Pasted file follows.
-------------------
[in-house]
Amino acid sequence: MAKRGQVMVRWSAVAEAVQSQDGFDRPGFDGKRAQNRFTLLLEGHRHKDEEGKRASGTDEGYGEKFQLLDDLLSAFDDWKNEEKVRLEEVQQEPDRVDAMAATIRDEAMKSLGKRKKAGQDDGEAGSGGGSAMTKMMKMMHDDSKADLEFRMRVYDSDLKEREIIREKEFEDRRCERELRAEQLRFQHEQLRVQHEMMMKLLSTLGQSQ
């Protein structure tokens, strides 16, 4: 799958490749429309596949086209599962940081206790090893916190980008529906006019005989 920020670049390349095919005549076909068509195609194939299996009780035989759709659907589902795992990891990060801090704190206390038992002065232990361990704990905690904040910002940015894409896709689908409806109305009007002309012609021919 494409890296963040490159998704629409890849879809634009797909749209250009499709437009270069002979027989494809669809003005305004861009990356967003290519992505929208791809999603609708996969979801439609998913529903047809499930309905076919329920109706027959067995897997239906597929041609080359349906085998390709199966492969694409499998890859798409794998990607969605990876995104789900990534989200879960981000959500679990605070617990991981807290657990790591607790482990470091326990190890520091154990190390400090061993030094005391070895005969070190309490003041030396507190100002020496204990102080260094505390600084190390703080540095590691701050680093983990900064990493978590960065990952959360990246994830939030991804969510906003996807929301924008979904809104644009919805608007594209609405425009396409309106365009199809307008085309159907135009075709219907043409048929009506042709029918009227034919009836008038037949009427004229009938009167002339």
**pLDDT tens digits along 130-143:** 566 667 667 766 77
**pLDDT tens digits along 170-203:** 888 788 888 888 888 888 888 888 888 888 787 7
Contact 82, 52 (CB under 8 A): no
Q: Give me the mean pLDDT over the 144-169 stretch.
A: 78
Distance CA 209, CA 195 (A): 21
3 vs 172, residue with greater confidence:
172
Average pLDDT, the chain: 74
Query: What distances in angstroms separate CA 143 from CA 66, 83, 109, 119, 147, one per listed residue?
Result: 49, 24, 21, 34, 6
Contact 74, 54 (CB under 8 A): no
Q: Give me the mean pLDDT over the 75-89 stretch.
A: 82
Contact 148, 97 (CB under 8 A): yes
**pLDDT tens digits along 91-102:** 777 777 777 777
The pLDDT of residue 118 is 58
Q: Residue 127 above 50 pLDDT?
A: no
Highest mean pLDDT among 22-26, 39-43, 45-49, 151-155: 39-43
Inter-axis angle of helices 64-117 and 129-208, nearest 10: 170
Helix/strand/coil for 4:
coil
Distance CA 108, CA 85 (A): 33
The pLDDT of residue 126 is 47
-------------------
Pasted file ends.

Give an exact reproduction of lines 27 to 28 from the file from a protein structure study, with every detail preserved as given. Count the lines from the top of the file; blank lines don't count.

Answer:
Distance CA 108, CA 85 (A): 33
The pLDDT of residue 126 is 47